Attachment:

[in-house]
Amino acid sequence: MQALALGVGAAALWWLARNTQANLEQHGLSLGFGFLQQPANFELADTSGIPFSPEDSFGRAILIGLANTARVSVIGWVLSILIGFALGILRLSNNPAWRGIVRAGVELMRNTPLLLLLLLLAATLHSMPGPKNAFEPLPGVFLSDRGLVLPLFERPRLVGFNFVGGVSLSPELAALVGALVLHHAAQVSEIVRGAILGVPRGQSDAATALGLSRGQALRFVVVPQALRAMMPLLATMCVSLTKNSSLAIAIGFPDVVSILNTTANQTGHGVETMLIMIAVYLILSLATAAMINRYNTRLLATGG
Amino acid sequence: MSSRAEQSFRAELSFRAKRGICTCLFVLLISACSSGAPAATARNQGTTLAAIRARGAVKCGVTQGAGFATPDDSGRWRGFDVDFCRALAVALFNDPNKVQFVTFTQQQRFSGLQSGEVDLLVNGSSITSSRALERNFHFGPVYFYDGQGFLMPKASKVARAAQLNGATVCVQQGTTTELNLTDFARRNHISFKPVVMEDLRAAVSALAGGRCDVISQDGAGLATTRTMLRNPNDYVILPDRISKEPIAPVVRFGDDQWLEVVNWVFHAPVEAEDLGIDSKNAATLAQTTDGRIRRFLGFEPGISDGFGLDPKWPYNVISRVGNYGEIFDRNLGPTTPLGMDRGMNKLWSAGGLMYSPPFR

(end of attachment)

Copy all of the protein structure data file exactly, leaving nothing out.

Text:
[in-house]
Amino acid sequence: MQALALGVGAAALWWLARNTQANLEQHGLSLGFGFLQQPANFELADTSGIPFSPEDSFGRAILIGLANTARVSVIGWVLSILIGFALGILRLSNNPAWRGIVRAGVELMRNTPLLLLLLLLAATLHSMPGPKNAFEPLPGVFLSDRGLVLPLFERPRLVGFNFVGGVSLSPELAALVGALVLHHAAQVSEIVRGAILGVPRGQSDAATALGLSRGQALRFVVVPQALRAMMPLLATMCVSLTKNSSLAIAIGFPDVVSILNTTANQTGHGVETMLIMIAVYLILSLATAAMINRYNTRLLATGG
Amino acid sequence: MSSRAEQSFRAELSFRAKRGICTCLFVLLISACSSGAPAATARNQGTTLAAIRARGAVKCGVTQGAGFATPDDSGRWRGFDVDFCRALAVALFNDPNKVQFVTFTQQQRFSGLQSGEVDLLVNGSSITSSRALERNFHFGPVYFYDGQGFLMPKASKVARAAQLNGATVCVQQGTTTELNLTDFARRNHISFKPVVMEDLRAAVSALAGGRCDVISQDGAGLATTRTMLRNPNDYVILPDRISKEPIAPVVRFGDDQWLEVVNWVFHAPVEAEDLGIDSKNAATLAQTTDGRIRRFLGFEPGISDGFGLDPKWPYNVISRVGNYGEIFDRNLGPTTPLGMDRGMNKLWSAGGLMYSPPFR